Footnotes:
  1. Which is well worth subscribing too, BTW. []
  2. Li WM, Dita M, Wu W, Hu GB, Xie JH, Ge XJ (2015) Resistance sources to Fusarium oxysporum f. sp. cubense tropical race 4 in banana wild relatives. Plant Pathology. []

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Happy Earth Day!

22 April 2015
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A pioneer passes

21 April 2015

Trevor Williams, one of the key early figures in the movement to conserve crop diversity, has passed away at 76. Mike Jackson has done a great job of summarizing Trevor’s pivotal contribution to the field over at his blog. Many have left touching tributes, including a number of people whose careers Trevor was instrumental in […]

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DOI see the future of genebank documentation?

20 April 2015

Mike Jackson, indefatigable blogger and former manager of the IRRI genebank (among other things), is on a mission. I’m on the editorial board of Genetic Resources and Crop Evolution. I have proposed to the Editor-in-Chief that any manuscript that does not include the germplasm accession numbers (or provenance of the germplasm used) should be automatically […]

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Vanuatu field collections survive cyclone

20 April 2015

A smidgen of good news from the Pacific island country of Vanuatu, recently hit so cruelly by Cyclone Pam. This just in1 from Roger Malapa, who’s in charge of the various field genebanks at the Vanuatu Agricultural Research and Technical Centre (VARTC) on the beautiful island of Santo, which was apparently less badly affected than […]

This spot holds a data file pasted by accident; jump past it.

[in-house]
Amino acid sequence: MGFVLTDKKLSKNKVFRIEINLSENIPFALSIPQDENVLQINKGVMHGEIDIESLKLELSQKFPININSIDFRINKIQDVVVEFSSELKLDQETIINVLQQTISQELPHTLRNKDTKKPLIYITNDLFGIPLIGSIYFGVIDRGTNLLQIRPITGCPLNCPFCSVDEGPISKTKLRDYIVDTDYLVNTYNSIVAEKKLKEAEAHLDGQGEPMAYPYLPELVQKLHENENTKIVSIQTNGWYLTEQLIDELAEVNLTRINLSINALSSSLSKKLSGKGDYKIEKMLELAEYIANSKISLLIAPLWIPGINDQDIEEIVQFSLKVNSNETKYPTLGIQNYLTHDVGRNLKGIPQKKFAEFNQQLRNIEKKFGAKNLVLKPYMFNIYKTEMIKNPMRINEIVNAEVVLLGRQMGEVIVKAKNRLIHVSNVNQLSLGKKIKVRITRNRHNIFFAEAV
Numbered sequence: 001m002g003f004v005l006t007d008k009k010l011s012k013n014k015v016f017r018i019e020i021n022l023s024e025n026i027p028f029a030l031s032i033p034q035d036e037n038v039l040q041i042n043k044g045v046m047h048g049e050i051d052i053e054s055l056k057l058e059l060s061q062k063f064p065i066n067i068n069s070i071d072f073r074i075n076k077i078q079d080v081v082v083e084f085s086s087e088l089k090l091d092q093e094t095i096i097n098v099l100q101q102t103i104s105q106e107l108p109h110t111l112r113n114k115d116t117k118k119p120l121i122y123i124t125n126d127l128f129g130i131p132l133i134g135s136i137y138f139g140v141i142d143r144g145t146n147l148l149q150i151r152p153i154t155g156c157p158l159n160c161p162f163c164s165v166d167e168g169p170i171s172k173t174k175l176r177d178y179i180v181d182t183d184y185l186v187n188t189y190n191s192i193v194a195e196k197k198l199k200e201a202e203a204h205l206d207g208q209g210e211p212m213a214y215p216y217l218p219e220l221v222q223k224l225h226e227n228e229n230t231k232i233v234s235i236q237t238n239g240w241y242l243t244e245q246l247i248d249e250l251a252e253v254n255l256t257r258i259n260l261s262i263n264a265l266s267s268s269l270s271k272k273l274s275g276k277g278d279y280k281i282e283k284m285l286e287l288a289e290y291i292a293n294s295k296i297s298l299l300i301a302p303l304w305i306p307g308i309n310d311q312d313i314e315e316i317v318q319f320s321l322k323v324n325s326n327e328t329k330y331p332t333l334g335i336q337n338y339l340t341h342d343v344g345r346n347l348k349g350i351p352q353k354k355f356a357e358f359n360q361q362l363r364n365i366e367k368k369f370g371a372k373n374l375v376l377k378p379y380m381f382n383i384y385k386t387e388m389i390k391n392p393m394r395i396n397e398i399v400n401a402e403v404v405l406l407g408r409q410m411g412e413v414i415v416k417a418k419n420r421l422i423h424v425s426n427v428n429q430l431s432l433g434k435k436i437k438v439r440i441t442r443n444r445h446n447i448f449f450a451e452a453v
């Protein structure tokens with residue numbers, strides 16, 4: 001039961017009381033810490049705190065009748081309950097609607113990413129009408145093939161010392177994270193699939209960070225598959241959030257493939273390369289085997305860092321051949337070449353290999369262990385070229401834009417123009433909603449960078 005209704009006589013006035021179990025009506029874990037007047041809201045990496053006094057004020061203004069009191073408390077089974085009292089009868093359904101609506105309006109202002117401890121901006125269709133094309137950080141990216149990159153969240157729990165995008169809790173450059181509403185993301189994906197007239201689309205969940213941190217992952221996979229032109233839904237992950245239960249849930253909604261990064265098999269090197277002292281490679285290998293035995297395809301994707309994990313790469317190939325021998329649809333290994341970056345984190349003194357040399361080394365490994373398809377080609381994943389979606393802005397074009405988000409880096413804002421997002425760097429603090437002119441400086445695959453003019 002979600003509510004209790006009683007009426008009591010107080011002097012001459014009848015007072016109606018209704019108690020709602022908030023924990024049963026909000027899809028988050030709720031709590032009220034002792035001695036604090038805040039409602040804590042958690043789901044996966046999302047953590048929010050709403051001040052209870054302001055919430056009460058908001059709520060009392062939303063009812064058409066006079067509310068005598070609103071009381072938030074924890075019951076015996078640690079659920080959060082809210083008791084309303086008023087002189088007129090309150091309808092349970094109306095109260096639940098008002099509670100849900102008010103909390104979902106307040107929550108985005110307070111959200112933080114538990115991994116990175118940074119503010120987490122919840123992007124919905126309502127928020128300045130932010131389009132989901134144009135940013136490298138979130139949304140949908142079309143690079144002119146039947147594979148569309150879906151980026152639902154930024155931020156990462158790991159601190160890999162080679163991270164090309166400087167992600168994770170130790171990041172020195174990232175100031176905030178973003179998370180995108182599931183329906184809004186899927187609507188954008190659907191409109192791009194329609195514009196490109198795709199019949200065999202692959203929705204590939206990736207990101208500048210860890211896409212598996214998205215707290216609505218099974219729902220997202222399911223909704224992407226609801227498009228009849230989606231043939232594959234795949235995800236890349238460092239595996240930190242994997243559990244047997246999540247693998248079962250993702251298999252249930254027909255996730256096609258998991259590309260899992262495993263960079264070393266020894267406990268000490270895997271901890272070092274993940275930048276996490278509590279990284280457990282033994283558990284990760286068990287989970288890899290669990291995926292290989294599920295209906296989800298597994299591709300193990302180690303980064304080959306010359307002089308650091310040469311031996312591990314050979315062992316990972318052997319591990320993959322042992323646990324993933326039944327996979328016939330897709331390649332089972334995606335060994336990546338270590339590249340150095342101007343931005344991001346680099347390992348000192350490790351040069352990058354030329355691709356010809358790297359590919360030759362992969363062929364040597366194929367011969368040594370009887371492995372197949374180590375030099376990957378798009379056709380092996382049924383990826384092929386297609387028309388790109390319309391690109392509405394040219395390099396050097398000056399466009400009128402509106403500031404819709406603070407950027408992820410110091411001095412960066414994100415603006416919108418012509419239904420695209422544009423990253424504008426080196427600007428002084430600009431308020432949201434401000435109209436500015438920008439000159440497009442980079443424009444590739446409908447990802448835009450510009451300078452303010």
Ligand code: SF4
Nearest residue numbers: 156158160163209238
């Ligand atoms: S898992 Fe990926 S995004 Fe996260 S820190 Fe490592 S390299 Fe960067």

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A book worth waiting for

19 April 2015

An old friend, Frederik van Oudenhoven, and his friend and colleague Jamila Haider, are deep in the proofs of what looks to be a wonderful book. With Our Own Hands “tells, for the first time, the cultural and agricultural history of the Afghan and Tajik Pamirs, one of the world’s least known and most isolated […]

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Brainfood: Resilience and diversity, Cold tolerant rice, Old baobabs, VIR, Local adaptation, Prunus phylogeny, Bactris mating, Land use change, Wheat landraces, Amazonian agrobiodiversity

6 April 2015

Does Plant Species Richness Guarantee the Resilience of Local Medical Systems? A Perspective from Utilitarian Redundancy. It depends on how knowledge is distributed. COLD1 Confers Chilling Tolerance in Rice. From a wild relative. Searching for the Oldest Baobab of Madagascar: Radiocarbon Investigation of Large Adansonia rubrostipa Trees. 1,600 years seems to be the record. Genetic […]